Thank you so much for all that you do and for not being so extreme. It makes this transition more manageable and mentally less anxiety provoking. I have been reading many other pieces of information about the keto diet, but I always feel better when I come back to your site and trust what you have to say more than others as it just makes plain sense!

    All the best,
    Sabrina

  6. I have periods of time where I measure things to great detail, break down all the numbers, look into specific micronutrient levels, weigh myself! I learn a LOT from these periods of time. But they are limited periods of time! All January of this year I used Cronometer everyday. But in February, I stopped using it all together because by then I had a “feel” for what foods add up to whatever. Now I eat intuitively and I don’t measure anything. I’m sure by next winter, or if I struggle to achieve a specific goal (run an ultra in August), I’ll bust out the scale and cronometer app again to take a closer look at what could be happening, but unless my progress stalls then I’m just enjoying eating and feeling great! And honestly, unless I’m eating more than 1 sweet potato + 1 cup fruit + 2 cups goat milk daily, I never have any blood sugar issues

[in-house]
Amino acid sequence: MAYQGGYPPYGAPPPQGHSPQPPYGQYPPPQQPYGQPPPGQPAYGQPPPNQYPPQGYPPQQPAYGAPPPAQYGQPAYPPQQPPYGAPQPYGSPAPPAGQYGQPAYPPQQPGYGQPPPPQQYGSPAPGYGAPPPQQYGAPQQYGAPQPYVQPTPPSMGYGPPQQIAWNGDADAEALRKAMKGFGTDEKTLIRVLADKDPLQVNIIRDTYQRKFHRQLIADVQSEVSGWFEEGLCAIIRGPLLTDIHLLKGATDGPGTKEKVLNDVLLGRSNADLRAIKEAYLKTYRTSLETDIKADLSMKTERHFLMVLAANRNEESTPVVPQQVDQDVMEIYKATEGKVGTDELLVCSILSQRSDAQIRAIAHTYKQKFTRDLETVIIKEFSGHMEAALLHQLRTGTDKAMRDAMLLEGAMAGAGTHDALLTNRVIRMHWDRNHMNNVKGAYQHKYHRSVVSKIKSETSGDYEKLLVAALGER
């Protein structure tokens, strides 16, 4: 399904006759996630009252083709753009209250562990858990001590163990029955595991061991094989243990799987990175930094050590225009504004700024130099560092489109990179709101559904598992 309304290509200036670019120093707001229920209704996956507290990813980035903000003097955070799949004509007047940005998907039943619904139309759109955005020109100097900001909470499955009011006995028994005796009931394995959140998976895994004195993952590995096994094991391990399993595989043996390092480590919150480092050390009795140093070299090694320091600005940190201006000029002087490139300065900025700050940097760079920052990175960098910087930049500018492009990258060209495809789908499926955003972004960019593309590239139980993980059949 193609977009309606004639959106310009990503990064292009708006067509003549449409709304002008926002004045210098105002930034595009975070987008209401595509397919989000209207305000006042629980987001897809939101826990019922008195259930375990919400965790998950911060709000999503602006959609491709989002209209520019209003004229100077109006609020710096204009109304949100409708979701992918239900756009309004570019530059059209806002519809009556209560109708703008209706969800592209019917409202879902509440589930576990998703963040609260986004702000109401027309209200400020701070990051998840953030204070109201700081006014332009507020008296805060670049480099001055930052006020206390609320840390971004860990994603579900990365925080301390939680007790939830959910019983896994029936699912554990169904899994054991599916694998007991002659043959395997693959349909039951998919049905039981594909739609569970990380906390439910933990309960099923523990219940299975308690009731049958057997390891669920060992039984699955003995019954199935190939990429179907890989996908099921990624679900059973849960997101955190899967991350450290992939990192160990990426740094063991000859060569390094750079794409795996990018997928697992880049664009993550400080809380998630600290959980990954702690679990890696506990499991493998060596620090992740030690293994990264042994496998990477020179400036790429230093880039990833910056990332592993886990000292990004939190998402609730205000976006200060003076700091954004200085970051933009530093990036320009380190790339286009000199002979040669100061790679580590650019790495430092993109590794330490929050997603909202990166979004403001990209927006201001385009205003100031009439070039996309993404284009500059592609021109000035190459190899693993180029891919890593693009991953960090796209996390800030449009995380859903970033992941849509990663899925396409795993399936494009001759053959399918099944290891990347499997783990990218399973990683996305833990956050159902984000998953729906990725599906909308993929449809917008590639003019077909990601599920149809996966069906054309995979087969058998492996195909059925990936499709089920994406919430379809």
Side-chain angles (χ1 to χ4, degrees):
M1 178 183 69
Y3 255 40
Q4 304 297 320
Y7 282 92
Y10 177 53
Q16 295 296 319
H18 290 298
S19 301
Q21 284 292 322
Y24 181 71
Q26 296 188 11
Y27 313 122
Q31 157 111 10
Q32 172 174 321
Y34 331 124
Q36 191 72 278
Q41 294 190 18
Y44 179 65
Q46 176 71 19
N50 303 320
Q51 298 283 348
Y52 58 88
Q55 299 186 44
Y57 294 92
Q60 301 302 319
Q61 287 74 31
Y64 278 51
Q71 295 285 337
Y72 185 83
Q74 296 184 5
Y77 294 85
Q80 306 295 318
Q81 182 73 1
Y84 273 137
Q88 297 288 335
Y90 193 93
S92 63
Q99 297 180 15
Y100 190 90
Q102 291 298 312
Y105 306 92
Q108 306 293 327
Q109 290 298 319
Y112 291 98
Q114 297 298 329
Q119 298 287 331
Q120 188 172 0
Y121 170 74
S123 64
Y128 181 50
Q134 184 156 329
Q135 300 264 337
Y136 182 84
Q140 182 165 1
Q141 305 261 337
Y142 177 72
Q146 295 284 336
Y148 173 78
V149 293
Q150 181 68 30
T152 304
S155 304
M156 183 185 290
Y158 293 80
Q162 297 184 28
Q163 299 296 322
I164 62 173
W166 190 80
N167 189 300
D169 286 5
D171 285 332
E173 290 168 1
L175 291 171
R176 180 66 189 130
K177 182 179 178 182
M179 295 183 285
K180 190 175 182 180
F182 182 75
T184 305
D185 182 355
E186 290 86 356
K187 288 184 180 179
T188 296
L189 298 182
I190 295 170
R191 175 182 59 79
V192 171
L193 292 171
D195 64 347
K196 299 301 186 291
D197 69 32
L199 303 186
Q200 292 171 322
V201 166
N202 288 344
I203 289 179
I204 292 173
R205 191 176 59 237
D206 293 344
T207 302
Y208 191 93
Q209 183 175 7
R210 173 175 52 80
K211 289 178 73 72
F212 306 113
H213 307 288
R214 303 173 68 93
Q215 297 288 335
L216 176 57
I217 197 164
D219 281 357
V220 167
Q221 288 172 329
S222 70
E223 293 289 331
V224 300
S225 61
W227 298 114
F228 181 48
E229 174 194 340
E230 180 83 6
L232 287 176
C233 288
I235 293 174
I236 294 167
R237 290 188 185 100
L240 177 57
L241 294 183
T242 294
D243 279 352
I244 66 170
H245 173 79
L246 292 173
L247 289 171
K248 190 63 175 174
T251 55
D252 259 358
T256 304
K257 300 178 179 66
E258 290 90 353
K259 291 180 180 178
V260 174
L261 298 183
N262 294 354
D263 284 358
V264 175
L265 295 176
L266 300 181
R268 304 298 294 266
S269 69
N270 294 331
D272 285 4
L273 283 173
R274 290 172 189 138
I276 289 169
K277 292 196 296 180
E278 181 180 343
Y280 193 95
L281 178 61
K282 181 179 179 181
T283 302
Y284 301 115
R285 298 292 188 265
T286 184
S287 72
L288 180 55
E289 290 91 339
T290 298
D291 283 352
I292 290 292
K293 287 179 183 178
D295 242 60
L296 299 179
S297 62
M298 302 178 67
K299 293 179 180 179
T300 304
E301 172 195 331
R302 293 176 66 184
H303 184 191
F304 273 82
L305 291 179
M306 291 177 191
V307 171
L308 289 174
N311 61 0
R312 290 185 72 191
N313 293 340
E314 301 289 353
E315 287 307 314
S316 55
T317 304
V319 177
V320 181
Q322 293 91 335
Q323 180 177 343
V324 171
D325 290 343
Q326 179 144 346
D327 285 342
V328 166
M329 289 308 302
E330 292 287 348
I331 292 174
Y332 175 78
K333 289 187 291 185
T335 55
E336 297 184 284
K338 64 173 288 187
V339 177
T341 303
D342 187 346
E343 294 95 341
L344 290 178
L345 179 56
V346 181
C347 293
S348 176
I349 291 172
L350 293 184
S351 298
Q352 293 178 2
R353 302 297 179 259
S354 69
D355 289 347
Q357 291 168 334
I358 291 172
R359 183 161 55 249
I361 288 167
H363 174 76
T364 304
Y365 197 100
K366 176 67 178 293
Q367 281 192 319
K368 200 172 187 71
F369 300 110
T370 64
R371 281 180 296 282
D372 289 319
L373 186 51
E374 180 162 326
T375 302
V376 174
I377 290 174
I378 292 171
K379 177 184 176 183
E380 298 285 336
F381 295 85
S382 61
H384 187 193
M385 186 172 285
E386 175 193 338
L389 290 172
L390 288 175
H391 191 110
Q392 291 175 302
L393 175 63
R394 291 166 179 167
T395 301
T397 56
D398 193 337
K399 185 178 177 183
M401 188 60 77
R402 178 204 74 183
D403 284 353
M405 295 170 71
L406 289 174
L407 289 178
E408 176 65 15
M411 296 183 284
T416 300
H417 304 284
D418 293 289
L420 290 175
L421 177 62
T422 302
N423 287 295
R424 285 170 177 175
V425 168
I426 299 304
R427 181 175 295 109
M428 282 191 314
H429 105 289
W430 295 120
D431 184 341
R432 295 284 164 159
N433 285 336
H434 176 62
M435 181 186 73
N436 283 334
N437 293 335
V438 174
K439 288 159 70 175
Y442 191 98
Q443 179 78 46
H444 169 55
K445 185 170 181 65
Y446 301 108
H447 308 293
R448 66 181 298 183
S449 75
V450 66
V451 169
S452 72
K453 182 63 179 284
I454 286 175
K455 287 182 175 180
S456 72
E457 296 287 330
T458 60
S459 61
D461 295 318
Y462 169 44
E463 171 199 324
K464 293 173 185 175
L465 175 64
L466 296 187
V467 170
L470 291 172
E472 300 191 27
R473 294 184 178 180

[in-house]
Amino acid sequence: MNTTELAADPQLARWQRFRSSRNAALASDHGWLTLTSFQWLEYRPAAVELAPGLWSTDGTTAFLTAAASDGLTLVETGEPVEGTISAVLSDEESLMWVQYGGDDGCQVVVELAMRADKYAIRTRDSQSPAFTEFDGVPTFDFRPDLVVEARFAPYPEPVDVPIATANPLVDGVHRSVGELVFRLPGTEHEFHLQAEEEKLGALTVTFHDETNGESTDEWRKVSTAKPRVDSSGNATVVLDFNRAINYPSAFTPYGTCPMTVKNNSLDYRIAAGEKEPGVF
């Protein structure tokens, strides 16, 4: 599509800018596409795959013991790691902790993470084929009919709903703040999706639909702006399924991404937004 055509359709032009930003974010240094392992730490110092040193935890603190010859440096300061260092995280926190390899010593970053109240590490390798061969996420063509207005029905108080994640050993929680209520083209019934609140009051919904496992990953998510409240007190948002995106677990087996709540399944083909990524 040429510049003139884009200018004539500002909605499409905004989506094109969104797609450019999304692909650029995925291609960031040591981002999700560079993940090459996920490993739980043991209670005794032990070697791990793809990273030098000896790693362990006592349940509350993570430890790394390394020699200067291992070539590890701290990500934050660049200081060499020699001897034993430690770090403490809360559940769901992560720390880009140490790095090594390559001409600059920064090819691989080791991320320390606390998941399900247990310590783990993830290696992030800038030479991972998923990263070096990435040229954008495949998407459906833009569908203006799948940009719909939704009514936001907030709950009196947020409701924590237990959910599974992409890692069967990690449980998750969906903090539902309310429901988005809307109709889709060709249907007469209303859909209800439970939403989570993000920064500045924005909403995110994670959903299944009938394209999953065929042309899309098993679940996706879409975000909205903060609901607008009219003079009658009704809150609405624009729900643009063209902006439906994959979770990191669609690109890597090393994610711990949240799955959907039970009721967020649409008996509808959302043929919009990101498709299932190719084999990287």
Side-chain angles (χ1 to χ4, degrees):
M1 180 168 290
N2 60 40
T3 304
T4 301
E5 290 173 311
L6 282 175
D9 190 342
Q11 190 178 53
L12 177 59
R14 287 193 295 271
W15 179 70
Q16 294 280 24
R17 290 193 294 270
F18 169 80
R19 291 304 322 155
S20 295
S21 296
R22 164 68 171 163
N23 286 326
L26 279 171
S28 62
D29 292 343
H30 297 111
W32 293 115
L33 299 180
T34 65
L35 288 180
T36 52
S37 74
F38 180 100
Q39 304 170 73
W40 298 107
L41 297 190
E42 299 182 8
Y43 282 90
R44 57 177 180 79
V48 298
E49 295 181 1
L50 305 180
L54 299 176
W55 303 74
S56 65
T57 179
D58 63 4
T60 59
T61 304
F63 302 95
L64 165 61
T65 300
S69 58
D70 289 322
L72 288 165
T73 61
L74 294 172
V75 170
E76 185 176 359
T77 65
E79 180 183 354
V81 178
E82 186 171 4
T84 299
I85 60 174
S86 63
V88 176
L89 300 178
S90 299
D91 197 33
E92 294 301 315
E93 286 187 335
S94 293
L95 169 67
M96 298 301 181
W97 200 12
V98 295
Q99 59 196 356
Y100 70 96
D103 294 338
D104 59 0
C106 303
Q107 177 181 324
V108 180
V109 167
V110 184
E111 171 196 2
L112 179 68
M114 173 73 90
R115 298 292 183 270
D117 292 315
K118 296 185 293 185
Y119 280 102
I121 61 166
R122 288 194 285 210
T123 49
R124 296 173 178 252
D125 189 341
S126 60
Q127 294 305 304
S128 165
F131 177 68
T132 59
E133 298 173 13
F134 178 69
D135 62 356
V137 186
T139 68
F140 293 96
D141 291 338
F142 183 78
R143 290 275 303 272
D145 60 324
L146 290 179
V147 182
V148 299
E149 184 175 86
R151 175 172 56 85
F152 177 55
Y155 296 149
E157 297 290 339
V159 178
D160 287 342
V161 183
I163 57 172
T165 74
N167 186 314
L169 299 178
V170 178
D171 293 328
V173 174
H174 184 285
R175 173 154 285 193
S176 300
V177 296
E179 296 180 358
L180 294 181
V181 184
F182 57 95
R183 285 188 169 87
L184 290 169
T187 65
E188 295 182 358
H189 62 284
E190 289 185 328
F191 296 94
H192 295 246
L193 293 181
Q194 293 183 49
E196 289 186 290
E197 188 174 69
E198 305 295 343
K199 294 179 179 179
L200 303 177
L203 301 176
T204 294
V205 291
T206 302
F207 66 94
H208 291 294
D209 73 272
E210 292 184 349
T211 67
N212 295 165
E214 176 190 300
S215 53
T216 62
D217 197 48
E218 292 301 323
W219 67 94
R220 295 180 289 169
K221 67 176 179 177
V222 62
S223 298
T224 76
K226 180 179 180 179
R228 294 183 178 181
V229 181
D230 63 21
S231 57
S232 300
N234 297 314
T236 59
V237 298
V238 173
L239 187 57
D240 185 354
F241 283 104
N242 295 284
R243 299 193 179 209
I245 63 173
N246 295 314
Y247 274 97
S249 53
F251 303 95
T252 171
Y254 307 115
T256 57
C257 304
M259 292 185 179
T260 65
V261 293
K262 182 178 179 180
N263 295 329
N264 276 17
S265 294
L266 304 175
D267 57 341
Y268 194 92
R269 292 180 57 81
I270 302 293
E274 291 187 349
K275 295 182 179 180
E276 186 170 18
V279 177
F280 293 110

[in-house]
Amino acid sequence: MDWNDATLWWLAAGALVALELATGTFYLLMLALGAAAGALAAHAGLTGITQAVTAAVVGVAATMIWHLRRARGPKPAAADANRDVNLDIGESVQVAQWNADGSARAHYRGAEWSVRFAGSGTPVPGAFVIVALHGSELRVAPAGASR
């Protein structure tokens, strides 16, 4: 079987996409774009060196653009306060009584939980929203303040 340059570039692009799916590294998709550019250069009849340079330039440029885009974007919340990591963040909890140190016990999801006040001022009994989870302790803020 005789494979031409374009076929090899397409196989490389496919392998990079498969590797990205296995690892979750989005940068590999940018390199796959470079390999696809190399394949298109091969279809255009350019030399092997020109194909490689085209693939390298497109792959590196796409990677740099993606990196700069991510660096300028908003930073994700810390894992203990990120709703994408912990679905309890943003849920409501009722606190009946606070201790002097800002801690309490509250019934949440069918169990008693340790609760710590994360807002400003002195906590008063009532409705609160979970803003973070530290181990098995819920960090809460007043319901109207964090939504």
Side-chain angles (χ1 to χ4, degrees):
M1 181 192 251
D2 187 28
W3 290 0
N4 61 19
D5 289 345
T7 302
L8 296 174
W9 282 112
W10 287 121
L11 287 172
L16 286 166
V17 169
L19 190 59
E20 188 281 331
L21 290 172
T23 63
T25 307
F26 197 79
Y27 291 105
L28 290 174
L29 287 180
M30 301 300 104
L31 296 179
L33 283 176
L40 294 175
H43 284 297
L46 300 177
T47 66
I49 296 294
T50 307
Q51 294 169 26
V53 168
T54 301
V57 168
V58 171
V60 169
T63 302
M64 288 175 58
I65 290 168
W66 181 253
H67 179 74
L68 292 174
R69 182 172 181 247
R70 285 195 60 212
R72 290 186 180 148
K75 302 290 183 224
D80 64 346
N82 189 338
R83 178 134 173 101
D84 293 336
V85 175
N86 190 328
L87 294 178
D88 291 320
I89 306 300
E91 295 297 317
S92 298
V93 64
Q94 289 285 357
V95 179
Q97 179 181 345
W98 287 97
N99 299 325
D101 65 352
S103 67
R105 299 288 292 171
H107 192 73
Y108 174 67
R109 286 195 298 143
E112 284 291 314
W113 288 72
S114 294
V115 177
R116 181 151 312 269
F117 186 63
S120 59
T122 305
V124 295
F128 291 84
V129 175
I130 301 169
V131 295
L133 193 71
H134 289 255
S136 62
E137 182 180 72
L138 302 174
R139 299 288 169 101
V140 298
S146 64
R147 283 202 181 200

7. If you use a decent nutritional tracking app (Loseit), you can scan the label, add the amount and you are done! (Carbs and fibre). I think knowing all the data is much more beneficial as I am moving to a lifestyle shift rather than short term ‘diet’.